>>>> extension to improve e.g. content delivery capabilities
>>>> (getContentStreamByPath, anyone?), while still retaining full protocol
>>>> compliance for B2B data exchange?
>>>> If you made it to here, a big thank you for your patience.
>>>> Hope this helps,
>>>> c.
>>>> 2013/5/8 Florian Müller<>
>>>>   Hi Carlo,
>>>>> This code is not meant to be extensible. The CMIS standard is fixed.
>>>>> There
>>>>> will be no additional services or operations. Also, the semantics of
>>>>> parameters will not change or have to be changed. Any extensions would
>>>>> bypass the specification, which would be a pain for clients and doesn't
>>>>> help interoperability.
>>>>> All methods that handle requests are stateless, isolated pieces of code.
>>>>> OO doesn't help here. And the alternative to reflections would be a 120
>>>>> lines if-statement. I can't see the advantage of that.
>>>>> Also, this part is considered internal code and may change at any time.
>>>>> OpenCMIS provides a lot of extensibility on the client side and keeping
>>>>> the
>>>>> interfaces compatible does hurt sometimes. I don't see a real use case
>>>>> to
>>>>> have that pain also on the server side. If there is something missing
>>>>> wrong, we usually fix it pretty quick - as you have seen.
>>>>> Having said that, if you have a great idea how to refactor that code,
>>>>> feel
>>>>> free to provide a patch.
>>>>> - Florian
>>>>> Am Mittwoch, den 08.05.2013, 16:05 +0200 schrieb Carlo Sciolla<
>>>>>   Hi Florian,
>>>>>> thanks for your quick commit, I will experiment a bit with it and
>>>>>> you
>>>>>> know what comes out of it. I do already have some initial comments
>>>>>> anyway:
>>>>>> - I see you only addressed the browser bindings implementation. While
>>>>>> can
>>>>>> see the reason behind it, I think it won't hurt to also apply a similar
>>>>>> logic to the AtomPub binding
>>>>>> - as I'm stuck with v0.6.0, I'm looking into ways to backport or
>>>>>> integrate
>>>>>> your code in my app. The current logic for method dispatch in AtomPub
>>>>>> goes
>>>>>> against extensibility (and some object oriented design principles,
>>>>>> and
>>>>>> while for the time being I can work around it, would you guys consider
>>>>>> refactoring the dispatch logic to make use of non-final classes /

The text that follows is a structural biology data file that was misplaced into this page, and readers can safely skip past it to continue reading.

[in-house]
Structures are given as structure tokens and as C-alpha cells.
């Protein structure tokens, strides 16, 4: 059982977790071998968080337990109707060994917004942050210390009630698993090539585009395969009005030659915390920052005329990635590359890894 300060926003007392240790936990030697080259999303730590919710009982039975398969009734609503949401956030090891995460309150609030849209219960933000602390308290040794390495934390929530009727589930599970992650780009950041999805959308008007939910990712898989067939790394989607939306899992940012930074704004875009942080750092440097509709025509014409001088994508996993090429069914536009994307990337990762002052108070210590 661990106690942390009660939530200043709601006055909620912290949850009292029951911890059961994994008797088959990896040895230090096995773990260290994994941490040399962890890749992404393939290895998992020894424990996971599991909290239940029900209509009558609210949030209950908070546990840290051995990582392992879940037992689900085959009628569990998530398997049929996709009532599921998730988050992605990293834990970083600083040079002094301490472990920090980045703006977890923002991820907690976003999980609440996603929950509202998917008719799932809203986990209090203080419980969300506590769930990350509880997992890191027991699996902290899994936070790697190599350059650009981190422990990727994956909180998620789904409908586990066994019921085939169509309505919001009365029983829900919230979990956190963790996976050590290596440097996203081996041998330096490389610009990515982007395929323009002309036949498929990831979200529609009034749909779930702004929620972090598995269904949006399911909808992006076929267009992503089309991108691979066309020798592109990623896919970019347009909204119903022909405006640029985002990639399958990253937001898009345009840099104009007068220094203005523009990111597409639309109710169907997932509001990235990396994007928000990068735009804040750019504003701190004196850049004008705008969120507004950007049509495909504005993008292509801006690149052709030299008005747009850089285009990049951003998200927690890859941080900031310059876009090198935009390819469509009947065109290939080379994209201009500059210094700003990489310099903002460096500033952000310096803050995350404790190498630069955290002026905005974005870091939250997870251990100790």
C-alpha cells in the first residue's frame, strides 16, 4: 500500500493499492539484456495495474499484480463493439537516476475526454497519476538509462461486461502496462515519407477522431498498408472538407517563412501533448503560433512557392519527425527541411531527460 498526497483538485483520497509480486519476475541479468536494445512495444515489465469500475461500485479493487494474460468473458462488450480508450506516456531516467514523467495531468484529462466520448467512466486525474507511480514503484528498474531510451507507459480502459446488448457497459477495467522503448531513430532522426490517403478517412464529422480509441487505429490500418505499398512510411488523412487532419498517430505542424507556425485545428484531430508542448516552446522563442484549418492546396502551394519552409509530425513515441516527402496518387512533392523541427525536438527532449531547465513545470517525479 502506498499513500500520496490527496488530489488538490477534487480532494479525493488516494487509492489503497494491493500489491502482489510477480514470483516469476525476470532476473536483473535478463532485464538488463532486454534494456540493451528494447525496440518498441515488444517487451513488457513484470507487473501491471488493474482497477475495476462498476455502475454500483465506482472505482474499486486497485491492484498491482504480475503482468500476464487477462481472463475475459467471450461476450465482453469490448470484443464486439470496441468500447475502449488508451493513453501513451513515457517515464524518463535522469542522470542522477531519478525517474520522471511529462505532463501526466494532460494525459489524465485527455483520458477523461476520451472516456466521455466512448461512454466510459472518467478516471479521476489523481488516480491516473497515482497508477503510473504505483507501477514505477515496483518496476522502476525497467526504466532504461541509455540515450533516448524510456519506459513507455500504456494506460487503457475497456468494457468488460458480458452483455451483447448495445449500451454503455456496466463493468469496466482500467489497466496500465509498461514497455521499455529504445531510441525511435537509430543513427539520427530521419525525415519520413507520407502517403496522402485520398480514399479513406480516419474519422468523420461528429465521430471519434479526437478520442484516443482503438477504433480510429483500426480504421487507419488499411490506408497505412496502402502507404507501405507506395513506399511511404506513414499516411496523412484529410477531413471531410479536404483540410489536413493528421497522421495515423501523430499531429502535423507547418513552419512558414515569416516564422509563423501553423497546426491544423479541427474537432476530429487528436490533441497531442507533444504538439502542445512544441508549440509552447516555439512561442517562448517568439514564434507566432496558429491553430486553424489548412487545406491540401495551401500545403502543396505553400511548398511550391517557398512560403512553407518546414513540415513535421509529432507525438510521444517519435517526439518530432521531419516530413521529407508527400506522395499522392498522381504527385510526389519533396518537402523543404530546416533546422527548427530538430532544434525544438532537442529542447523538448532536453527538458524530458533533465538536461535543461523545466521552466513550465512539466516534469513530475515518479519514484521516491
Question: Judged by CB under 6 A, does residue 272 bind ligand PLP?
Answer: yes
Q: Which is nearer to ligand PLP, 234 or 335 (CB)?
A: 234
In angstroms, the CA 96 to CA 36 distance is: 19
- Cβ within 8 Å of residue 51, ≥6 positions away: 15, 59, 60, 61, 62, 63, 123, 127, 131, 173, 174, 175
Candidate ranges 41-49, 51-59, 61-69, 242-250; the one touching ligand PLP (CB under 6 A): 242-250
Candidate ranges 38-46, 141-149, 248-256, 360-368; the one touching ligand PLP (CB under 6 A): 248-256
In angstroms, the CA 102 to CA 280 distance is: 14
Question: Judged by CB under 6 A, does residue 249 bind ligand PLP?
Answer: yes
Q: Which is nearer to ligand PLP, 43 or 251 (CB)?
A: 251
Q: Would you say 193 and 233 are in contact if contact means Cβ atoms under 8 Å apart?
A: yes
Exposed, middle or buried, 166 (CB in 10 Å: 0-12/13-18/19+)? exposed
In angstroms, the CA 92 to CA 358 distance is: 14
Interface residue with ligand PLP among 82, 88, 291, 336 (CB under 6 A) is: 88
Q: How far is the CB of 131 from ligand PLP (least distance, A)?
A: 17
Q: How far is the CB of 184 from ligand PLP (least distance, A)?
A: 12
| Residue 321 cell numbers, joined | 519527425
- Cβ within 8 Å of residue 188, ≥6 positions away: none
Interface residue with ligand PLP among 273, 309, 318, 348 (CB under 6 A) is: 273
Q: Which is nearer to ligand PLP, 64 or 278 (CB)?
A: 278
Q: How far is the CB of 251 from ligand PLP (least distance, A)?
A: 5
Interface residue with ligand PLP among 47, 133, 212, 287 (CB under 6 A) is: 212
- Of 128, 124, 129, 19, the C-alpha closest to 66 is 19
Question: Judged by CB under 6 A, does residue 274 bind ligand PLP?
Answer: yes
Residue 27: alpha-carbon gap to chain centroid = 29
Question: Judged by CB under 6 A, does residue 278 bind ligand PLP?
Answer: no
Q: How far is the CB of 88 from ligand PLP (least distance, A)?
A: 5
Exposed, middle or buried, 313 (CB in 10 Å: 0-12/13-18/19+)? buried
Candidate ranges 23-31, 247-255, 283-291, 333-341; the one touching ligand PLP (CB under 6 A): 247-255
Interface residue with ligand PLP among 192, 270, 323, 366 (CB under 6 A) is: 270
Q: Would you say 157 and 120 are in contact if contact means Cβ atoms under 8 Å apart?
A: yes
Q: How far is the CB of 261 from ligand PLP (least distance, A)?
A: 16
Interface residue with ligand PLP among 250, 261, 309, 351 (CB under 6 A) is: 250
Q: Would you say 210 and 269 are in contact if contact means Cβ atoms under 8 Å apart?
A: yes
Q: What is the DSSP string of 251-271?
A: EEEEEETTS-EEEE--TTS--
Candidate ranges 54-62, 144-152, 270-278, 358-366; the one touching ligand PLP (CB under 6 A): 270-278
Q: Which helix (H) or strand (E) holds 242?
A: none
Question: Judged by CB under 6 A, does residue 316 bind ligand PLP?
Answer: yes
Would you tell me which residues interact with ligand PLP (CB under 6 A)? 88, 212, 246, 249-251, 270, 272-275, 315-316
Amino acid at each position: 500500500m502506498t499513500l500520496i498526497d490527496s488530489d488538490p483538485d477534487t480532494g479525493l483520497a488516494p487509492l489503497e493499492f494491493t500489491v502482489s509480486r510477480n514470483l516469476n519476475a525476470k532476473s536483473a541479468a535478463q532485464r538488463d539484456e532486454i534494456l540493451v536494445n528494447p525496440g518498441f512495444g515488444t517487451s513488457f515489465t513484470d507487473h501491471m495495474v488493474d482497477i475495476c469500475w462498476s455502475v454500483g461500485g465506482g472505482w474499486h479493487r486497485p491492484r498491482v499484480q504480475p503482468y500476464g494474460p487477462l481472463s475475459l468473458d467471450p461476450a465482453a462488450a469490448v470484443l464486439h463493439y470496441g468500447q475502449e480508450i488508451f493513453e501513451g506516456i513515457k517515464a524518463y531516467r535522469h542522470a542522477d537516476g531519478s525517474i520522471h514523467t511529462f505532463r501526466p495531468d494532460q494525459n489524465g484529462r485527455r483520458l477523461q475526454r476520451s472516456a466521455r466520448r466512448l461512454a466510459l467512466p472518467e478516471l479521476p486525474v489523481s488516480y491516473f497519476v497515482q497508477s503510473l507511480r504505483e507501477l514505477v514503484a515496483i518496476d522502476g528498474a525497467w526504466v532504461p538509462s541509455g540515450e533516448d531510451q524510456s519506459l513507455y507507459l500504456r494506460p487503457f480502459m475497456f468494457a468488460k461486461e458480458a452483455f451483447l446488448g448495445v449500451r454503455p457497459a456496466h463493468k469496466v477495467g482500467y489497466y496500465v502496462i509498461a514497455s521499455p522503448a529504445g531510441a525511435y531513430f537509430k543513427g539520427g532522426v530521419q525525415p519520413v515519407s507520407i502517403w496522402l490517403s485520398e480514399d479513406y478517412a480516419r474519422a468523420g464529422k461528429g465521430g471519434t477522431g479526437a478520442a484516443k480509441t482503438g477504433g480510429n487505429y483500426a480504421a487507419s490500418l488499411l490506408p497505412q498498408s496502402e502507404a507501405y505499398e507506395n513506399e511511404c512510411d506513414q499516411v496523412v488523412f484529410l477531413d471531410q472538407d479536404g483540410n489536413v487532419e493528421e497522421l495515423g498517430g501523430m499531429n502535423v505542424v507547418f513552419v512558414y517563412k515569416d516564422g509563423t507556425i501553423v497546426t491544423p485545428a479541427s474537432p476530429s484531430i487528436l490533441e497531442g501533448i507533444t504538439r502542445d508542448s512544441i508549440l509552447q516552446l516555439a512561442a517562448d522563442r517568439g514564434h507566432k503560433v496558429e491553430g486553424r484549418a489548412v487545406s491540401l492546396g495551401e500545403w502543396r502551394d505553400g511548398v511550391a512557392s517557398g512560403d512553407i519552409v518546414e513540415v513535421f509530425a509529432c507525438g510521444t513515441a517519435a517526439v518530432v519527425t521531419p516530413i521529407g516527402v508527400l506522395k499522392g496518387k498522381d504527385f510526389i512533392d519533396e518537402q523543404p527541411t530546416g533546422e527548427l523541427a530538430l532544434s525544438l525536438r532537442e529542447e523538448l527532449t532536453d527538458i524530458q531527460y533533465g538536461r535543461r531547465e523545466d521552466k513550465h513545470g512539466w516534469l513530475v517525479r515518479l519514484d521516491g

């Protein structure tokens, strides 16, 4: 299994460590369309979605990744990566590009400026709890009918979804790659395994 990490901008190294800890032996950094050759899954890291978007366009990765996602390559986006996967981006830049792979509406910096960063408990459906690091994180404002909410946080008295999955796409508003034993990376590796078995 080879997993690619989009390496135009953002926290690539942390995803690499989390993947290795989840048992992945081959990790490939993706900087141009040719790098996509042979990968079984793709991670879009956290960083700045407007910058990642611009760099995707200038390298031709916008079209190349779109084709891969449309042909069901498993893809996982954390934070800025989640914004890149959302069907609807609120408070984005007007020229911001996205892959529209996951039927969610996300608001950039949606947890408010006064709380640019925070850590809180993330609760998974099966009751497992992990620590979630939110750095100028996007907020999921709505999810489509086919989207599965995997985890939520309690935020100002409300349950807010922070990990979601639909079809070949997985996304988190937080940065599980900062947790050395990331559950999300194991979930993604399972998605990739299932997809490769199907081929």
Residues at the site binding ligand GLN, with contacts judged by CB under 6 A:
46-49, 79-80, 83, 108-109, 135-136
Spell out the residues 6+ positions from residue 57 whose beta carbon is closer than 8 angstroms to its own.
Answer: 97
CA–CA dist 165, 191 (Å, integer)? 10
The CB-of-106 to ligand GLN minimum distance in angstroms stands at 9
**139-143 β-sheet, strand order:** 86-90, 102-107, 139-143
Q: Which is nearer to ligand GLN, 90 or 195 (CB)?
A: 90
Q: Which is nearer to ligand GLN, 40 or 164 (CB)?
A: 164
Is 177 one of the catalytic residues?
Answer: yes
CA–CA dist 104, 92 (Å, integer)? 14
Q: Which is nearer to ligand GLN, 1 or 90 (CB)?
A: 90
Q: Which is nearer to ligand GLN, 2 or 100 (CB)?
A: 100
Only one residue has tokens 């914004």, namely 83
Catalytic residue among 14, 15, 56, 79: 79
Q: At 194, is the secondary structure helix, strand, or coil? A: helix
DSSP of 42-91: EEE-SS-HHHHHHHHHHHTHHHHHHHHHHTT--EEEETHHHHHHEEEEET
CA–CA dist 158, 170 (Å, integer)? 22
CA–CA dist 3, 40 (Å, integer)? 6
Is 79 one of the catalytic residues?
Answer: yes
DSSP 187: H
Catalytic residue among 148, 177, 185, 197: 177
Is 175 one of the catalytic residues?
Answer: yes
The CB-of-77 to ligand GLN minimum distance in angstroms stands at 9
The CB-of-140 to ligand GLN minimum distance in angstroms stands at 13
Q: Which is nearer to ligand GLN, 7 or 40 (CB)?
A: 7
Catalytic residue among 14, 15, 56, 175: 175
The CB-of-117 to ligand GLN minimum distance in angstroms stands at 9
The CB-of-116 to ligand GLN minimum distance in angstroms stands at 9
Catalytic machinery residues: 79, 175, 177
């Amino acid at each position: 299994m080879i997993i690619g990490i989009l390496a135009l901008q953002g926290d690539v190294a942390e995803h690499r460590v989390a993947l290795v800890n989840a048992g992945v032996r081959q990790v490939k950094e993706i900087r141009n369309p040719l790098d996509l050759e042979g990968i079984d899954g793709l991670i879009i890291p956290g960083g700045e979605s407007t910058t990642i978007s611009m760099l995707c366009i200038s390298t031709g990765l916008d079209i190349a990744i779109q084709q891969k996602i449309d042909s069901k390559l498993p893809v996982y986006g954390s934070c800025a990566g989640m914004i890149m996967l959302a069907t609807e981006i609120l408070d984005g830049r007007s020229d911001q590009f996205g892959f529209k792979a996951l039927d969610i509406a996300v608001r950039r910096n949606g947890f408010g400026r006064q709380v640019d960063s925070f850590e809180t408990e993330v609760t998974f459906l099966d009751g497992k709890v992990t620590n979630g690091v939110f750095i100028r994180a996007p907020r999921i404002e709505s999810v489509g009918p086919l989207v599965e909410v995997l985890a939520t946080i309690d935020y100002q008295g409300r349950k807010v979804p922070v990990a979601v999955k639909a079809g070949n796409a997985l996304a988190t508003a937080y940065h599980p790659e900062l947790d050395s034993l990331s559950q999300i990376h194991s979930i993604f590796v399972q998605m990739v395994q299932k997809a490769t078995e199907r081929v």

>>>>>> reflection / public constructors?
>>>>>> Thanks,
>>>>>> c.
>>>>>> 2013/5/8 Florian Müller<>
>>>>>>   Hi Carlo,
>>>>>>> I've added some new code. There are now three interfaces that
let you
>>>>>>> control the server headers.
>>>>>>> The ContentStream object that is returned by getContentStream()
>>>>>>> implement the interface(s) to trigger the behavior:
>>>>>>> ContentLengthContentStream - Sets the Content-Length header and
>>>>>>> chunking off.
>>>>>>> LastModifiedContentStream - Sets the Last-Modified header and
>>>>>>> the
>>>>>>> If-Modified-Since header.
>>>>>>> CacheHeaderContentStream - Sets the Cache-Control header, the
>>>>>>> header, and the ETag header and respects the If-None-Match header.
>>>>>>> Please let me know if that works for you.
>>>>>>> - Florian
>>>>>>>   Hi there, sorry for the late reply.
>>>>>>>> 2013/5/7 Florian Müller<>
>>>>>>>>   That is surprising. Chunked encoding isn't really exotic.
>>>>>>>>>   Definitely, but browsers are always there to remind
us that world
>>>>>>>>> class
>>>>>>>>>   standards are nothing different from regional social
>>>>>>>> are
>>>>>>>> they?
>>>>>>>>   Could you please open an Improvement issue and add a few
>>>>>>>> I'll
>>>>>>>>   look into it.
>>>>>>>>>   Thanks, here it is<******<****>
>>>>>>>>> jira/browse/CMIS-655<https://****jira/**
>>>>>>>>> browse/CMIS-655<**jira/browse/CMIS-655>>
>>>>>>>>> <https://****jira/browse/**CMIS-655<**CMIS-655>
>>>>>>>>> <https:/**/**browse/CMIS-655<>
>>>>>>>>>   >.
>> --
>> Carlo Sciolla
>> --==(A)==--
>> Linux User #372086
>> My personal blog:
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>> --==(A)==--
>> Product Lead at Backbase - Next Generation Portal Software for Financials
>> &  Large Enterprises (